The town of Cladach on the virtual island of Eilean Mòr is being co-created with students from Newbattle High School and Roslin Primary. They are designing the sensor layout and the data that will be collected to solve real-world problems such as safe routes to school

learning at every level, from school pupils up to university researchers, are also very exciting. Te role of data in our every-

day lives increases the need for “data literacy” for all citizens. Data literacy is the awareness of how data is gathered and used when we interact with the world around us and the skills required to gather, process, analyse and interpret data and use it ethically and responsibly. Te Data Education in Schools

programme, part of the Edinburgh and South-east Scotland City Region Deal, is working alongside the IoT project to support opportunities for young people across the city region to develop data literacy and skills. Professor Judy Robertson, aca-

demic lead on the programme, says: “Data skills development is relevant across all curriculum areas, topics and themes and extends beyond maths and computing to arts, social sciences and humanities. “Data has been hugely significant

this past year in decision-making around the pandemic but data can influence many areas and having the literacies and skills to use data ef-

fectively and responsibly is becom- ing increasingly important for young people. Tink about how musicians can understand their audiences bet- ter from the data that music stream- ing platforms can provide; how you might represent 100 years of climate change data in a soundscape; how smart textiles can help keep you warm (or cool) depending on your level of activity in a day.” As part of efforts to support

data literacies the Data Education in Schools programme has been developing a series of data science “live lessons” which are open to all schools in Scotland and beyond. Since November 2020, almost 4,500 young learners have tried out data science techniques including image classification and machine learning to save endangered rhinos by track- ing poachers and altering code to de- velop their own “data selfies” while reflecting on how personal data can be encoded, “hashed” and presented as a visual and abstract “selfie”. Steven Eagleson, quality im-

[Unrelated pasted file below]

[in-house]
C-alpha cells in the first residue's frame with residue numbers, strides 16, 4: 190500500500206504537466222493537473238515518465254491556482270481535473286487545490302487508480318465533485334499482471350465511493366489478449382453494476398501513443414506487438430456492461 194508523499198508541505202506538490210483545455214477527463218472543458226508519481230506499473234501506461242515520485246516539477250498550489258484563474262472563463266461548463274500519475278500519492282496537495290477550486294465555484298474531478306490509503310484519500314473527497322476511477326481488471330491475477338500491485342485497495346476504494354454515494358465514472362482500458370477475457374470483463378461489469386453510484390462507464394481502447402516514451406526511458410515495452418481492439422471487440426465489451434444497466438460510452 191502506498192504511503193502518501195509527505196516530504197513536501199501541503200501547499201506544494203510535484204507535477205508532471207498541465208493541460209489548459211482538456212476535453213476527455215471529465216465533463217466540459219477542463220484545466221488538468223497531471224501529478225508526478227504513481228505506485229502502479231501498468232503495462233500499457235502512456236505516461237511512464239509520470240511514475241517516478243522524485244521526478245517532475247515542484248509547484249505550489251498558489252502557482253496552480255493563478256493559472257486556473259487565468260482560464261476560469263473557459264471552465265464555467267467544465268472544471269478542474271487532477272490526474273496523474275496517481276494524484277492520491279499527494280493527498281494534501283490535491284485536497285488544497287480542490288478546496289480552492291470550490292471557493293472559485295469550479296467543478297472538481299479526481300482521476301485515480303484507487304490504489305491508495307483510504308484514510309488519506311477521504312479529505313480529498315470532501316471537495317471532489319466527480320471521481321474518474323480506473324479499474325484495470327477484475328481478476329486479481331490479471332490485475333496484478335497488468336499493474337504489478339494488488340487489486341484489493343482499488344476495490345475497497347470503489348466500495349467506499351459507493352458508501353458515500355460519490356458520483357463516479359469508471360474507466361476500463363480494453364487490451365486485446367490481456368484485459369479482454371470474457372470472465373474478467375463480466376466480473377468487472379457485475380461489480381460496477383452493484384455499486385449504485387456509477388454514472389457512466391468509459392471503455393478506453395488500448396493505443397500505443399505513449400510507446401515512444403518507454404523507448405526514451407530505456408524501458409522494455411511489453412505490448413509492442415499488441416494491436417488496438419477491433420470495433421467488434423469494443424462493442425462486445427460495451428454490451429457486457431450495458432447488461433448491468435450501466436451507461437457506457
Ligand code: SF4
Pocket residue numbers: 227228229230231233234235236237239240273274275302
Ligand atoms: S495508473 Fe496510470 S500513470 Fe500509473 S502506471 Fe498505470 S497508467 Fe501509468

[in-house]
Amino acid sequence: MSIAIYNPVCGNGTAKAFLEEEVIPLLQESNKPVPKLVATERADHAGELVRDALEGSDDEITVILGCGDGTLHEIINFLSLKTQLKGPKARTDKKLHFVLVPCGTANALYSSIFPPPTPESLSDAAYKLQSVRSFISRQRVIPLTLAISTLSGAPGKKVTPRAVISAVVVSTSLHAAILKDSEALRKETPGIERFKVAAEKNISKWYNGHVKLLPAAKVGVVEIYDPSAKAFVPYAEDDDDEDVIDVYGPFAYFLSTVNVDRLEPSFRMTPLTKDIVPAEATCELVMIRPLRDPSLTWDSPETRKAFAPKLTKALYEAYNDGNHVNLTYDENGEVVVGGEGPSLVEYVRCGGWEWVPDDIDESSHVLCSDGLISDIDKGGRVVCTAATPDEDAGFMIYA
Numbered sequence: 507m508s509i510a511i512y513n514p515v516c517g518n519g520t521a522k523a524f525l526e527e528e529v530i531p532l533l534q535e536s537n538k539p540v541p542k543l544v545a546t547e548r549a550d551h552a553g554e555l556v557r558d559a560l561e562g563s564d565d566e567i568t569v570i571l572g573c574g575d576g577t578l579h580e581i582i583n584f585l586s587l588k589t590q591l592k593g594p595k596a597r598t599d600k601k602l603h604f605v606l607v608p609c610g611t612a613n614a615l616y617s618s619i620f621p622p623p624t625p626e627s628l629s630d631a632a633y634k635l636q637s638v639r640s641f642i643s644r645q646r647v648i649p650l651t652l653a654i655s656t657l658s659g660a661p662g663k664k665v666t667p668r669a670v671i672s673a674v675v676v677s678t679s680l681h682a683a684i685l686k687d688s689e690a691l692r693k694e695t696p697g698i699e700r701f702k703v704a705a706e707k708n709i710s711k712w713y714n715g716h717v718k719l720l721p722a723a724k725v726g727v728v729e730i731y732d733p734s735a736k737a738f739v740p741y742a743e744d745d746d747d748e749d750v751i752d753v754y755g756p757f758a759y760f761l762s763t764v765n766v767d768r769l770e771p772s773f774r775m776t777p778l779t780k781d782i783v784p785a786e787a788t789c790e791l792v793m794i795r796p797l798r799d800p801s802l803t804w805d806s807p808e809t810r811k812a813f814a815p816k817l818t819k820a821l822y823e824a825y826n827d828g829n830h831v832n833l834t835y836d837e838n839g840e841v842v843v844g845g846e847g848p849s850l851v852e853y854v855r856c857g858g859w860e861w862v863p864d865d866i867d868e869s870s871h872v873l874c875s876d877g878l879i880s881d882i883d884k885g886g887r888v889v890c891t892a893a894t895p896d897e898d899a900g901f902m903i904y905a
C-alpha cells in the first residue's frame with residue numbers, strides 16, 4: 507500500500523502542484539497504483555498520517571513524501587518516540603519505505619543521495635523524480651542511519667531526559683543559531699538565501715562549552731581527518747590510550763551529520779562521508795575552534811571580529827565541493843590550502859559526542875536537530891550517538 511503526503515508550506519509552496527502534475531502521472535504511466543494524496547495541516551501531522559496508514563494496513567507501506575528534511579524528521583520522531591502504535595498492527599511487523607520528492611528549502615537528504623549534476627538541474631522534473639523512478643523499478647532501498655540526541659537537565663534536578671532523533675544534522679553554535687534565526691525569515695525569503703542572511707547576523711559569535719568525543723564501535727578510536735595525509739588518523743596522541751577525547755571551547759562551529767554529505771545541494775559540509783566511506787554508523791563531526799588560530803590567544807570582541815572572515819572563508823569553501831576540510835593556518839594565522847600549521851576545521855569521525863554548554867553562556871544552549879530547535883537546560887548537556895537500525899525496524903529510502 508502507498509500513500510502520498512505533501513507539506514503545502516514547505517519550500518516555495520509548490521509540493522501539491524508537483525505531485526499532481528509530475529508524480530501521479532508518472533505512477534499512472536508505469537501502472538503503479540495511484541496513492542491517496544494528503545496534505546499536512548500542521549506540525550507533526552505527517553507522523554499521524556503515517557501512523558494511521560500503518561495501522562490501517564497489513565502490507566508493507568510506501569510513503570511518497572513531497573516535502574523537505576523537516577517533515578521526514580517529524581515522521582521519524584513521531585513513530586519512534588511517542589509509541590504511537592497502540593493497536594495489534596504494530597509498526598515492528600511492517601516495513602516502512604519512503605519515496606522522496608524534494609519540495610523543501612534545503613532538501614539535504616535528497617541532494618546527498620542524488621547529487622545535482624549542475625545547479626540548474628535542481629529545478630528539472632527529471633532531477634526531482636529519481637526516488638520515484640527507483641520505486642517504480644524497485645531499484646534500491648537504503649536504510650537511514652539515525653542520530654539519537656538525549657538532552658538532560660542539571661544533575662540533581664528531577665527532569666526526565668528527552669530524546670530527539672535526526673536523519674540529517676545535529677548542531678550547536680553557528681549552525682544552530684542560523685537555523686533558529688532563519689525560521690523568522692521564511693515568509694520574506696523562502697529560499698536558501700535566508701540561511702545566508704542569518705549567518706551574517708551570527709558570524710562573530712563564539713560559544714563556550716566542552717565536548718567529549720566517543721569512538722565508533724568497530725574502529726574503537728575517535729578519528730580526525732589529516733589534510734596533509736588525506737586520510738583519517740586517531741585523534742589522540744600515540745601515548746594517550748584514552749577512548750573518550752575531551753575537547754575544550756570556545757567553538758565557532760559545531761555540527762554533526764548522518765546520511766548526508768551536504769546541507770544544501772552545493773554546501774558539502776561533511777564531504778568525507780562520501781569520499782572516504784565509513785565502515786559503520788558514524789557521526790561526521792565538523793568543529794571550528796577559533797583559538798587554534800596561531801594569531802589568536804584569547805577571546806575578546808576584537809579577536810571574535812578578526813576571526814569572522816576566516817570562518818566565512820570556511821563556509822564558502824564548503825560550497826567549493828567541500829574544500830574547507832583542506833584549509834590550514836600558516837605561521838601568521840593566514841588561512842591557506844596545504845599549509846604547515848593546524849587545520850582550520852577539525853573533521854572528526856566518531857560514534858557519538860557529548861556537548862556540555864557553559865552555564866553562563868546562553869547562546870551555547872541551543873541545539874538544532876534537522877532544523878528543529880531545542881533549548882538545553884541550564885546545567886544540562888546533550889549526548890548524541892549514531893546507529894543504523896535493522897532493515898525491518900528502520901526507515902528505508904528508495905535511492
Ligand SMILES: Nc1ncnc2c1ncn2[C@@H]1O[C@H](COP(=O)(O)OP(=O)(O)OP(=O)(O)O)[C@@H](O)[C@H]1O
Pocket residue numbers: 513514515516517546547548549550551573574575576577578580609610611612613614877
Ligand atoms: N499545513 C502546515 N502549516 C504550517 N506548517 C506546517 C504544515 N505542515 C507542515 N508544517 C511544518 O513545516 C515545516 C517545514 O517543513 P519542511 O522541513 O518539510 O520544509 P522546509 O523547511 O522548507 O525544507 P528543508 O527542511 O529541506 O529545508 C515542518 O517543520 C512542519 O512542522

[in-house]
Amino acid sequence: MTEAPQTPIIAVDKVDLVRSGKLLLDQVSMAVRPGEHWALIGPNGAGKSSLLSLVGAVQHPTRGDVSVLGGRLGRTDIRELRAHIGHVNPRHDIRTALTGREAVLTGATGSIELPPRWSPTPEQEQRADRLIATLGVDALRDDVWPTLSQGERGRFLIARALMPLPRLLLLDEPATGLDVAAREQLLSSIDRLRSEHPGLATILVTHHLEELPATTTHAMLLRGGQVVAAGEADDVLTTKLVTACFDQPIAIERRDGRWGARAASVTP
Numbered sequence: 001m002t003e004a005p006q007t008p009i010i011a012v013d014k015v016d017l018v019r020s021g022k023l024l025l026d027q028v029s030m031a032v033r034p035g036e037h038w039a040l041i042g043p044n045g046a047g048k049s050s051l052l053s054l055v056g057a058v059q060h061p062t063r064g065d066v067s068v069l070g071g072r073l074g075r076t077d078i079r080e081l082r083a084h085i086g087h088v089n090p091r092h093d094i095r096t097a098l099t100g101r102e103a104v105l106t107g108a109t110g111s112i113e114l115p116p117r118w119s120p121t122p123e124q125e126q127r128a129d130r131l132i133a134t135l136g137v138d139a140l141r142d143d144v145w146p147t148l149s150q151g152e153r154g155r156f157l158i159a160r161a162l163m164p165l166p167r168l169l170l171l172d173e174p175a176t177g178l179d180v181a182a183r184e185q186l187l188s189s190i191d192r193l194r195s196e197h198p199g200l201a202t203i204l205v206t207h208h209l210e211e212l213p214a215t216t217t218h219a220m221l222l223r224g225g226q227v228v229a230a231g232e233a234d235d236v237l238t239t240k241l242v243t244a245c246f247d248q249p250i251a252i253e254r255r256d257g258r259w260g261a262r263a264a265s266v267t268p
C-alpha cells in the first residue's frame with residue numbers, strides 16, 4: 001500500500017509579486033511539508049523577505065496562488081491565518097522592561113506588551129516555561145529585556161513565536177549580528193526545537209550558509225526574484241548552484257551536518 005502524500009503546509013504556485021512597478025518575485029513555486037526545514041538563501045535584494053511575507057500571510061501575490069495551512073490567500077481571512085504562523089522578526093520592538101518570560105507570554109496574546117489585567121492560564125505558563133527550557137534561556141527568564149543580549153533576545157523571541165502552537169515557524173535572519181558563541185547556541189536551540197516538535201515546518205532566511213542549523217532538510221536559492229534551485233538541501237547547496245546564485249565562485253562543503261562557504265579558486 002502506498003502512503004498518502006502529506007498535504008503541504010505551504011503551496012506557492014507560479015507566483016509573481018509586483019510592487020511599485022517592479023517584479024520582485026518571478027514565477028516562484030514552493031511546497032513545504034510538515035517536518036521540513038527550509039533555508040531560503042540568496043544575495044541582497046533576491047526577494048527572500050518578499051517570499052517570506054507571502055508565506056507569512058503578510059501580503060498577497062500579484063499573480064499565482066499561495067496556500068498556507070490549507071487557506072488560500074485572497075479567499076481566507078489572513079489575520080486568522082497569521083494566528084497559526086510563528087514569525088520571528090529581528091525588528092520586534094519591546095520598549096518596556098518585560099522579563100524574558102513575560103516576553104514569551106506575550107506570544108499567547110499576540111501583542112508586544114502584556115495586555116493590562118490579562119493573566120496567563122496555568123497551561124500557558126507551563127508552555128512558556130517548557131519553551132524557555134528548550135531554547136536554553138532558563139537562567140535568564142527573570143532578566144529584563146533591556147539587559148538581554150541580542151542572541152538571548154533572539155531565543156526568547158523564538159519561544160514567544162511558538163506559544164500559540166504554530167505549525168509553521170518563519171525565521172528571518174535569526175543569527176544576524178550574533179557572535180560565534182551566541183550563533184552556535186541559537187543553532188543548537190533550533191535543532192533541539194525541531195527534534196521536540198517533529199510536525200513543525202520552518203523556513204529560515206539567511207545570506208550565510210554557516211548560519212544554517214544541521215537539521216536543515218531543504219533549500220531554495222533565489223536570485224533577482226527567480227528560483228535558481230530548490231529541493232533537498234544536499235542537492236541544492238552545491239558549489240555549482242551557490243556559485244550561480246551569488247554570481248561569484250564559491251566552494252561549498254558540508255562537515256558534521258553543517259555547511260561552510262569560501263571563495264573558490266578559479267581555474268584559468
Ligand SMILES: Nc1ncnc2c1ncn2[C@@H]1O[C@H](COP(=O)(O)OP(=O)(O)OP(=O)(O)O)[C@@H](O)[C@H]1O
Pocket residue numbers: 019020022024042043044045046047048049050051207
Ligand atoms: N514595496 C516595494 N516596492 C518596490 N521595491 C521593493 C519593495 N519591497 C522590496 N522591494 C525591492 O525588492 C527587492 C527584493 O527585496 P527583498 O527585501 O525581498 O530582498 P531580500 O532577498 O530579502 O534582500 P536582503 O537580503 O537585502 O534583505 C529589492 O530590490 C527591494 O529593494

provement officer in Fife, says: “With data becoming increasingly important in a range of profes-

sional areas – from healthcare to construction, public sector, tourism and the creative industries – pro- viding young people with opportu- nities to access relevant skills and qualifications, is really important and the world of data offers many such opportunities for learners across primary and secondary.” Te Data Education in Schools

programme developed a series of face-to-face events in 2019, called “Data Town”, which brought together more than 100 aspiring, young data scientists, from P6 up to S3 level from city region schools to explore the ways that data affects all our lives. As part of the IoT project, a virtual, online version of Data Town is being developed. Tis will be supported by the network that the schools will help create. Chapple adds: “Supporting the

hands-on use of these physical IoT sensor devices is the Data Town online learning tool, which enables pupils to engage with a variety of real-world scenarios, such as flooding and air pollution. Tis allows simulated IoT sensor read-

ings to be explored interactively to understand the impacts of these events on both the environment and ourselves. Tere’s a huge range of data that can be gathered from these sensors.” South-east Scotland’s regional

network will create new data sets to support research and enable in- novation in IoT applications for the region’s companies, start-ups, and local authorities. Te ParkLife proj- ect has already explored the use of sensors in Edinburgh’s green spaces to create a “smart noticeboard” featuring park usage information and even detection of bats. Another project is using sensors in East Lothian beach car parks to help inform the public and the council in real-time of the availability of park- ing spaces in high-demand areas. l

Find out more - Partner Content. FUTURESCOT | SUMMER 2021 | 25

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